This month, leaders across America took a collective step into the unknown. It’s something we do when we have a reason to step together for a common purpose.
We did it after December 7, 1941, when our isolation from war ended after Japan staged a surprise attack on Pearl Harbor. It’s something we did after President Kennedy gave what has become known as his moonshot speech on May 26, 1961, to challenge us to put a man on the moon and bring him home safely before the end of the decade. It’s something we did after September 11, 2001, as we watched members of the House and Senate gather for a moment of silence for victims of 9/11 then spontaneously breaking into “God Bless America.”
Times of collective uncertainty like the one we are facing now with the Covid-19 virus require leaders of organizations across the country to unite as we face the unknown together. From the empty shelves at the grocery store to the plunging stock markets to the steep disease progression graphs, it’s a lot to deal with. And, yet, as leaders, we still have to help our teams navigate through an uncertain future. When our people look to us for answers that we don’t have, there are still things we can do lead through the unknown.
Have “Ice in the Belly”
Being a leader in turbulent times can be nerve wracking. If you act too fast, it might turn out that you overreacted. If you act too slow, your organization may not survive. It would be wise to have what in Swedish is called Is i magen, “ice in the belly.” Roughly translated, it’s your ability to keep your cool in a critical situation.
As bad as things look, economic aid may be coming to help prevent layoffs as explained by Neel Kashkari, the head of the Federal Reserve Bank of Minneapolis. Kashkari is speaking from experience. He ran the $700 billion Troubled Asset Relief Program (TARP) in 2008 which helped end the Great Recession and is sharing lessons learned with a level head.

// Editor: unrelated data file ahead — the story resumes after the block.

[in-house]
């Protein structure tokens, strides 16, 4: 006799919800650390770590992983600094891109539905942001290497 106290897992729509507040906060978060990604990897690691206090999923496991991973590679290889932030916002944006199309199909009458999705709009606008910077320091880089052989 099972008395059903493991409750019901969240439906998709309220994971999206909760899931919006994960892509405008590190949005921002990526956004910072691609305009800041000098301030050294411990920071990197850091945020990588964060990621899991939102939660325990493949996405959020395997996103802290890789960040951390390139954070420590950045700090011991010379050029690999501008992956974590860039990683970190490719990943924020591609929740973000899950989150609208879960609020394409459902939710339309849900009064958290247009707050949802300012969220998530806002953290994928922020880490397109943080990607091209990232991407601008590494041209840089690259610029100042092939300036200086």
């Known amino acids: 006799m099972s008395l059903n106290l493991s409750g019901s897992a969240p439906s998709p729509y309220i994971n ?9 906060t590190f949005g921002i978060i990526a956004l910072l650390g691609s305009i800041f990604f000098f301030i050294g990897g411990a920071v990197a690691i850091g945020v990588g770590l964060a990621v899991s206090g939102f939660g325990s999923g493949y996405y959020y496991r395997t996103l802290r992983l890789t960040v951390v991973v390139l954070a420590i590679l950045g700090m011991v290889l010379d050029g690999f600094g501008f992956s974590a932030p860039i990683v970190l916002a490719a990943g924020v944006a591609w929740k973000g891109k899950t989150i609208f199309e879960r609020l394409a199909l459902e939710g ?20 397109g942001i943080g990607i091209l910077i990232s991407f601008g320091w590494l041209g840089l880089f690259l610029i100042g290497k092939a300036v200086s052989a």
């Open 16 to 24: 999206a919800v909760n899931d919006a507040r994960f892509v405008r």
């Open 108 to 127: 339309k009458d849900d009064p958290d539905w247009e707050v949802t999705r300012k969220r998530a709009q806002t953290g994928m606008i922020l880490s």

Address the Lion in the Camp
Having ice in the belly does not mean that you are cool to the needs of your staff. Just as we’re seeing daily press briefings from the White House and leaders on the front lines like Governor Mario Cuomo, your team needs to see your face and hear your voice regularly. Social distancing does not mean emotional distancing. You don’t have to have all the answers, but you do still need to lead with compassion. As of late last week, a Glassdoor survey of nearly 1,000 employed U.S. adults showed that nearly three in ten (28%) respondents said their employer has done nothing in response to concerns of the COVID-19 outbreak.
Leaders often wait to communicate during a crisis—especially when questions outnumber answers. But keeping quiet will only amplify confusion and push employees to assume the worst. Stop employees from spiraling further into crisis mode by clearly and frequently communicating what has happened and what is needed in the short- and long-term to deal with the crisis. Honest communication—no matter how dire or uncertain the situation—allows you to bring your team and internal stakeholder up to speed on your organization’s strategy to chart a path forward. Acknowledge the lion, talk about it, and work together to deal with it.
Consider All the Options
Before layoffs, consider your non-obvious options for reducing cost. A four-day work week for roles where you have excess capacity will reduce staff cost by nearly 20% (assuming some costs will remain due to overhead and benefits). Some employees might agree to working half-time if they know that doing so will save jobs.
You can also offer employees the opportunity for unpaid leave if they so wish. Framing this leave as a sabbatical can help take some of the stigma of the absence away. In fact, you might find that some employees welcome these options and wish they could have had them all along. By making it clear that one of your overriding goals is to avoid layoffs, you might find that employees are amenable to the personal sacrifices inherent in salary-increase freezes, halting bonuses, bans on overtime, pausing of payments into retirement funds, reduction of vacation days, and other cost-saving measures. Your employees will appreciate taking part in trying creative approaches to minimize headcount reduction.
Going through a downturn and making tough decisions to keep your company afloat is hard. However, if you communicate frequently and act with a clear head you will show your team the much-needed leadership needed to pull us through this collective cause.
Question: What will your employees remember about your leadership during these uncertain times?
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